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Which Air Filters NOT to Use

Early in this series we talked about “filter ratings” which amount are equivalent to a bucket of hogwash. We will see some of these here and discuss some other “over hyped” types of filters.

The Home Depot Air Filter Performance Rating (FPR) System

From the Home Depot Website:

The Home Depot Air Filter Performance Rating System, tested by an independent third-party lab, measured all brands of air filters we sell by measuring: 1) ability to capture large particles, 2) ability to capture small particles, 3) and weight gain (filter lifetime). The results of this testing were weighted in a scale as follows:

Large Particle Capture: 60%
Small Particle Capture: 30%
Weight Gain/Lifetime: 10%

They then rate each filter on a scale from 1 to 10:

Rate each filter on a scale from 1 to 10

First, they claim to have these filters tested by a third party testing facility; but they do not publish the test results, just assign a “rating number”. There is NO WAY to verify the claims.

Second, there is already a standard for comparing filters, the Minimum Efficiency Reporting Value, or MERV! This is based on a standard test that all filters must use to determine the MERV.

Third, the Home Depot FRP System does not address AIRFLOW! As we have seen, airflow is CRITICAL to system performance and filter performance. There is no way in this rating system to determine if a filter is going to restrict airflow or not. But Robert, it catches more particles! Fine, so does a piece of cardboard; but if you use a piece of cardboard the system will die!

Fourth, it is more marketing hype than science! We are smarter than this; don’t fall for it!

Having said all that let me now say this. Home Depot sells some pretty good filters; they also sell some very bad filters. You can probably buy the correct filter for your system, that you have determined ahead of time, at Home Depot. Just make sure you buy the correct filter based on the science you have learned and don’t switch to a “premium” filter in the store after you see the pretty blue stripe!

3M Micro-particle Performance Rating

From the 3M/Filtrete website:

3M developed the Microparticle Performance Rating (MPR) system to demonstrate a filter’s ability to capture the smallest airborne particles—from 0.3 to 1 micron in size from the air passing through the filter. The MPR system helps you compare Filtrete filters based on the level of air filtration you want. The higher the MPR, the better the filter’s ability to capture particles from the air as it passes through the filter.

MPR is different from MERV, the Minimum Efficiency Reporting Value. The MERV system measures a filter’s ability to capture large particles. The MPR only takes into account the tiny microscopic particles between 0.3 and 1 microns.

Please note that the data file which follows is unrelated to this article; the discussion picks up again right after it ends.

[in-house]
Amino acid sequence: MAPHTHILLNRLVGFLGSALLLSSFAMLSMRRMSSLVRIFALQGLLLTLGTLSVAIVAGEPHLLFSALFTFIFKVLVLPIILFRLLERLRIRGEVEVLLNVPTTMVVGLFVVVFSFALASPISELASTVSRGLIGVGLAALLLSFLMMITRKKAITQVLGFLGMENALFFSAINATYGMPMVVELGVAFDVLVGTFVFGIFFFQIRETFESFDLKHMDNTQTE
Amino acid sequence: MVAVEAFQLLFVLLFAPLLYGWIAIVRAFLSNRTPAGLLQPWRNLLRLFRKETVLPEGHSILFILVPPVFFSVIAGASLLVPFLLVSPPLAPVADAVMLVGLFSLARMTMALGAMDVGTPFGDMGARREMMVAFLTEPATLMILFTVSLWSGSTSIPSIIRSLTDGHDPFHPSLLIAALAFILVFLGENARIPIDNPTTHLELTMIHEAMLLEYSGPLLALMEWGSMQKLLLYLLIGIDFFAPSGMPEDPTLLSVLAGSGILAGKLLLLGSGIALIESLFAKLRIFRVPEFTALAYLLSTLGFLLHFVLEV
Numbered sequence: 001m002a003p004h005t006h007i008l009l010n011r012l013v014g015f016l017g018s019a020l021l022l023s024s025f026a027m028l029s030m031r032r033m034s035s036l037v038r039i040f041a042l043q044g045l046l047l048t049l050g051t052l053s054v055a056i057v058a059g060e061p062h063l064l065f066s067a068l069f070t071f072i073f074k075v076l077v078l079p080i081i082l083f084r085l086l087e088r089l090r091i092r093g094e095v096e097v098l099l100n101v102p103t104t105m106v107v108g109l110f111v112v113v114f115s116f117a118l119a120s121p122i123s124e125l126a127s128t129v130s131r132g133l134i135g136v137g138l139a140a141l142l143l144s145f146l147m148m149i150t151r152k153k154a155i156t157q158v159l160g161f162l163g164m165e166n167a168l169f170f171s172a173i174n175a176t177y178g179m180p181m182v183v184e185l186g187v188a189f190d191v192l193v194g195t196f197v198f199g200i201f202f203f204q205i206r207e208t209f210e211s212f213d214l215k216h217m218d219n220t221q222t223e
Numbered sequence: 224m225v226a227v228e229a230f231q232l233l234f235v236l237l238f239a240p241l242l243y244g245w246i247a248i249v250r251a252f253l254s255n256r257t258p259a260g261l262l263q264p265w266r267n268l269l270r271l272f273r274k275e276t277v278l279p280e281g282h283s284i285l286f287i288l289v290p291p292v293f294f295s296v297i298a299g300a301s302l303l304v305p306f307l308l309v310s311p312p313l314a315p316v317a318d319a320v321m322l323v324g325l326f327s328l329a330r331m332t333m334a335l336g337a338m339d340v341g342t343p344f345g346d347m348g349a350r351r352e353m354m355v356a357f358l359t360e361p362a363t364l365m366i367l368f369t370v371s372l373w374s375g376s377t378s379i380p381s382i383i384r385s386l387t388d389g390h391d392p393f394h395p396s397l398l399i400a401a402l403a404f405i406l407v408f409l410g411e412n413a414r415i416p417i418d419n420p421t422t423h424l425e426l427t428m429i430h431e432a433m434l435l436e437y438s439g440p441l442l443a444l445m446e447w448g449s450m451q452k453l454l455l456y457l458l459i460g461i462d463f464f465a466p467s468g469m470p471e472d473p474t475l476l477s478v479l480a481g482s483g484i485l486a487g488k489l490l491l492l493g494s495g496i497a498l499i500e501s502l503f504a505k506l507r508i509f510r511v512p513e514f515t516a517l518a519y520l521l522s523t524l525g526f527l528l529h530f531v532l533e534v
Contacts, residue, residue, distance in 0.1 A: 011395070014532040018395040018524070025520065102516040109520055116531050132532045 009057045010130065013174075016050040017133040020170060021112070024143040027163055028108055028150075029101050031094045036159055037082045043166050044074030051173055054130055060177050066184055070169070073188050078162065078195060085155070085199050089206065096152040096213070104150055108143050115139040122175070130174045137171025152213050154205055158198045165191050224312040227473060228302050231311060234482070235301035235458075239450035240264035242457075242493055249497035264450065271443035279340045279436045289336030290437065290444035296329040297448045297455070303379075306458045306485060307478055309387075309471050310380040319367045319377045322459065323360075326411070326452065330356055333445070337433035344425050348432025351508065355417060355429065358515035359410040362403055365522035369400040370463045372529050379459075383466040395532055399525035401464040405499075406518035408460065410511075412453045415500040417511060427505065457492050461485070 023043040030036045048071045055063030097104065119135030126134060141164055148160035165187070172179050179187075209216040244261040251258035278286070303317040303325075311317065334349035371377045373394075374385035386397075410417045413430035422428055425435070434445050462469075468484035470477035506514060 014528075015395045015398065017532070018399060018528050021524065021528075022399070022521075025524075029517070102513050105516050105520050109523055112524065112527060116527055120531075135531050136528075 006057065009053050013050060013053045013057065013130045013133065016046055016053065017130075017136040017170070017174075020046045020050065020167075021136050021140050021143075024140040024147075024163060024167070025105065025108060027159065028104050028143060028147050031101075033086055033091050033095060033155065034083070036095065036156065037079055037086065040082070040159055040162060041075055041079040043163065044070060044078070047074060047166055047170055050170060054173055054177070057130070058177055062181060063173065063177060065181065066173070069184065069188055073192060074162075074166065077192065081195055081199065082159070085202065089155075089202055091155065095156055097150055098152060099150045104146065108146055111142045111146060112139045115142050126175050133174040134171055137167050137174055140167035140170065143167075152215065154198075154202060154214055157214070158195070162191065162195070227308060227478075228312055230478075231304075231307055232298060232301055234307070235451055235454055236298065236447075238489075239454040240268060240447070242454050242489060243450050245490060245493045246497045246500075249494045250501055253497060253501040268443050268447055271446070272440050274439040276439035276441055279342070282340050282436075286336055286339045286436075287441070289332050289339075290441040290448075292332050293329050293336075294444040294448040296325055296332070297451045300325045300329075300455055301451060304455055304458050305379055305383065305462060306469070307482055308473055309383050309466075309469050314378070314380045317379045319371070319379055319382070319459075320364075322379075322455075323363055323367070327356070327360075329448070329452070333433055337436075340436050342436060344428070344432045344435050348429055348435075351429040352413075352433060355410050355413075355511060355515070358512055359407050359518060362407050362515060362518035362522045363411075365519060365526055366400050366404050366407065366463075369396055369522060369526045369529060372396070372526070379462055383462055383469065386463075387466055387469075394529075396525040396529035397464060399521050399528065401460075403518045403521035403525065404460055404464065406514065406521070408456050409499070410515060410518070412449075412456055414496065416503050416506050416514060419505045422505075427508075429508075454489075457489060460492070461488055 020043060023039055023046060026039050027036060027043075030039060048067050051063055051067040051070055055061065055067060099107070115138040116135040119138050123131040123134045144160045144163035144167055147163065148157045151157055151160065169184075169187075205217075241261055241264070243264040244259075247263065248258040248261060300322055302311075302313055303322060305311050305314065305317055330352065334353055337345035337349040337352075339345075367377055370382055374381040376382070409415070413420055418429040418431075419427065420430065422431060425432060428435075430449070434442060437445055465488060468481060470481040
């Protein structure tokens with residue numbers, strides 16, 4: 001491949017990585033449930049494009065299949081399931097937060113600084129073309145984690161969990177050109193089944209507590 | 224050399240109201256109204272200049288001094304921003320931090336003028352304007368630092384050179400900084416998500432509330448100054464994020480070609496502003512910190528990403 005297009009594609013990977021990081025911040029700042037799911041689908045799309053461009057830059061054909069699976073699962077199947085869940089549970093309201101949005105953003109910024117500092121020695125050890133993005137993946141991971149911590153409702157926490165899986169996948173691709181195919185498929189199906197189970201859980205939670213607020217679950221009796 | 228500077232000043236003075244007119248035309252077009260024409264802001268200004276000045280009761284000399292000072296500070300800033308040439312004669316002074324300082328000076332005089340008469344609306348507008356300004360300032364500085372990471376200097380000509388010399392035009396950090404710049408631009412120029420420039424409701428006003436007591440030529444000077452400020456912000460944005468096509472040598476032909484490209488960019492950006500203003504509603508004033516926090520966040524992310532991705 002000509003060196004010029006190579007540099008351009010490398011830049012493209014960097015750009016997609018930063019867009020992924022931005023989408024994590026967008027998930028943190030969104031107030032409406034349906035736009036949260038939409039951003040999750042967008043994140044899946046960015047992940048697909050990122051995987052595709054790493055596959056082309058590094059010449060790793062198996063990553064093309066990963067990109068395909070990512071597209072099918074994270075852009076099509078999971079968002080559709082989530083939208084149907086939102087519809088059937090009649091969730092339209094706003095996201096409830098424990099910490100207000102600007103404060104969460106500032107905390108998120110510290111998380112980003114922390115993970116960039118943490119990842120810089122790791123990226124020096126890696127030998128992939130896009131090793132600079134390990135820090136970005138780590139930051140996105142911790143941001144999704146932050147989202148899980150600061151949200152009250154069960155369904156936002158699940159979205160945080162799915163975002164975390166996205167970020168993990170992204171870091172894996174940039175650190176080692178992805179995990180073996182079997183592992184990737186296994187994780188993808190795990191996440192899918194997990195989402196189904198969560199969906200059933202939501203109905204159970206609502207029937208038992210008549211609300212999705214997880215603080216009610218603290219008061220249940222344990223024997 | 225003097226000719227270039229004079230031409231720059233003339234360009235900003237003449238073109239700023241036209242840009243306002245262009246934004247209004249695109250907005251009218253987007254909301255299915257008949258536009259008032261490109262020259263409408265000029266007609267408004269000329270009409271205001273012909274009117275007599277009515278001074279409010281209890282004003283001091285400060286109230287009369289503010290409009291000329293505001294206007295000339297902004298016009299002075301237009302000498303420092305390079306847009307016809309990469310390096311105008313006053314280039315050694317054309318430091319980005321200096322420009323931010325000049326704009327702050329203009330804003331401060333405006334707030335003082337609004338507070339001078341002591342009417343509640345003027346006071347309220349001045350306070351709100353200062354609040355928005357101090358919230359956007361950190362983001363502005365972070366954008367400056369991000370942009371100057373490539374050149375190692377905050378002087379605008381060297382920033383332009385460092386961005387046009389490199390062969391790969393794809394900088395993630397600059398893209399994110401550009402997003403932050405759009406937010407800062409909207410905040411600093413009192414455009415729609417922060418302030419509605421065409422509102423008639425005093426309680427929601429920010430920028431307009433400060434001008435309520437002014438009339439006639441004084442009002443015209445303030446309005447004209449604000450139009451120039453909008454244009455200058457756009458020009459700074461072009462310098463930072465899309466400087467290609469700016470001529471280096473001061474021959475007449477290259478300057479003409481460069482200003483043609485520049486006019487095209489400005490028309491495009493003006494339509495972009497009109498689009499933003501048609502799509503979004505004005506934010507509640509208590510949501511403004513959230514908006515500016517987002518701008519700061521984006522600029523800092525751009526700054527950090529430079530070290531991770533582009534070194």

Same thing, different package! This “system” has the same flaws as the Home Depot FPR; no way to verify, no standard test data available and NO AIRFLOW data!

Also, MERV does take into account the smaller particles. Once a filtler begins to filter these small particles (0.3 – 1.0 microns) it is at a level of about MERV 13. The lower MERV, like MERV 8, do not efficiently filter particles this size. This is the result of a standard test criteria; NOT that MERV only measures a filters ability to capture large particles!

Just about the worst thing you can do for your home HVAC system is replace your filter with a 3M/Filtrete Micro-pleat filter. I have never seen one that did not restrict airflow to dangerous levels.

That’s not to say they aren’t good filters; but if you want to use them make sure your installing contractor knows so they can design the duct system to accommodate them from the beginning.

Electrostatic Filters

Electrostatically charged filters do work well- for about a week or two. The process by which they capture filters is by having a negative charge which attracts and holds the negatively charged particles. However, once the surface is ‘covered’ by particles the electrostatic benefit is gone. This includes electric air cleaners as well. Don’t pay more for a feature that, at best, is only going to be a brief benefit.

Cleanable “Paul Harvey” Filters

These are sold by many different names and are generally a three part filter. The outside is a fine metal or plastic mesh with a foam core; sometimes they are electrostatically charged as well.

The problem with these filters are that the core never gets completely cleaned and, over time, the build up of particles in the core both reduce filtering efficiencies and airflow.

I once had a customer where I replaced his old “Paul Harvey” filter (that’s where I got the nickname for them, from my customer). I noticed the new one was significantly lighter than the old one; so I weighed them both. The old one was almost 10 ounces heavier! That means he had 10 ounces of “dirt” stuck in that filter core and he cleaned it every month!

Filters Are Easy!

Don’t fall for the “marketing hype” of Rating Systems, Cleanable Filters or electrostatically charged filters.

Instead, rely on the proven testing standards of ASHRAE and MERV, the professional recommendation of you’re A/C company or your very own knowledge you have learned from these articles!

Remember, use the correct filter and change it on a regular basis! Your system, and your wallet, will love you for it.

Efficient Air Conditioning & Electric is a locally owned air conditioning company that has been serving greater Austin since 1976.

See for yourself why Austinites have been trusting us since 1976.